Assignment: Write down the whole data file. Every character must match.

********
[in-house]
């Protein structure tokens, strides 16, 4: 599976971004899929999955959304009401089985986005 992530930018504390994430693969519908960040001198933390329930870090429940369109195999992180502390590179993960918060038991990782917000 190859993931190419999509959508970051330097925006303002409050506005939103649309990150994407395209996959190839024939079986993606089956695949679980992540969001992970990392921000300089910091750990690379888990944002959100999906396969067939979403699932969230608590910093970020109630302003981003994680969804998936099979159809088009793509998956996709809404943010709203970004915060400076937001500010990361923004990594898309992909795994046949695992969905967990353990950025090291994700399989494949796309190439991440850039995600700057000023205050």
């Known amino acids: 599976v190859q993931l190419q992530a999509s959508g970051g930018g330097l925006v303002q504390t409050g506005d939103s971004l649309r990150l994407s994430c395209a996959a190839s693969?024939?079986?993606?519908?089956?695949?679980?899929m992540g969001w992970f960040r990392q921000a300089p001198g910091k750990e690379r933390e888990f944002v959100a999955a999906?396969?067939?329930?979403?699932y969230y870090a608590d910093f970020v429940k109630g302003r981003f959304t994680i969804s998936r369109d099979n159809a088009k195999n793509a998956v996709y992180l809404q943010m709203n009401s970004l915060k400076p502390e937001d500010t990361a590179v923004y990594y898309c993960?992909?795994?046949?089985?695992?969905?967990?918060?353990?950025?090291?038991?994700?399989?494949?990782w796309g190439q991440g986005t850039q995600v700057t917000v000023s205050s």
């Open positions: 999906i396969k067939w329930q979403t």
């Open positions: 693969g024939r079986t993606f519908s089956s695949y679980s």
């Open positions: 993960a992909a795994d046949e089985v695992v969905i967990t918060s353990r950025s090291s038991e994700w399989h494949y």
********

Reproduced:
[in-house]
């Protein structure tokens, strides 16, 4: 599976971004899929999955959304009401089985986005 992530930018504390994430693969519908960040001198933390329930870090429940369109195999992180502390590179993960918060038991990782917000 190859993931190419999509959508970051330097925006303002409050506005939103649309990150994407395209996959190839024939079986993606089956695949679980992540969001992970990392921000300089910091750990690379888990944002959100999906396969067939979403699932969230608590910093970020109630302003981003994680969804998936099979159809088009793509998956996709809404943010709203970004915060400076937001500010990361923004990594898309992909795994046949695992969905967990353990950025090291994700399989494949796309190439991440850039995600700057000023205050």
């Known amino acids: 599976v190859q993931l190419q992530a999509s959508g970051g930018g330097l925006v303002q504390t409050g506005d939103s971004l649309r990150l994407s994430c395209a996959a190839s693969?024939?079986?993606?519908?089956?695949?679980?899929m992540g969001w992970f960040r990392q921000a300089p001198g910091k750990e690379r933390e888990f944002v959100a999955a999906?396969?067939?329930?979403?699932y969230y870090a608590d910093f970020v429940k109630g302003r981003f959304t994680i969804s998936r369109d099979n159809a088009k195999n793509a998956v996709y992180l809404q943010m709203n009401s970004l915060k400076p502390e937001d500010t990361a590179v923004y990594y898309c993960?992909?795994?046949?089985?695992?969905?967990?918060?353990?950025?090291?038991?994700?399989?494949?990782w796309g190439q991440g986005t850039q995600v700057t917000v000023s205050s």
């Open positions: 999906i396969k067939w329930q979403t």
């Open positions: 693969g024939r079986t993606f519908s089956s695949y679980s």
């Open positions: 993960a992909a795994d046949e089985v695992v969905i967990t918060s353990r950025s090291s038991e994700w399989h494949y």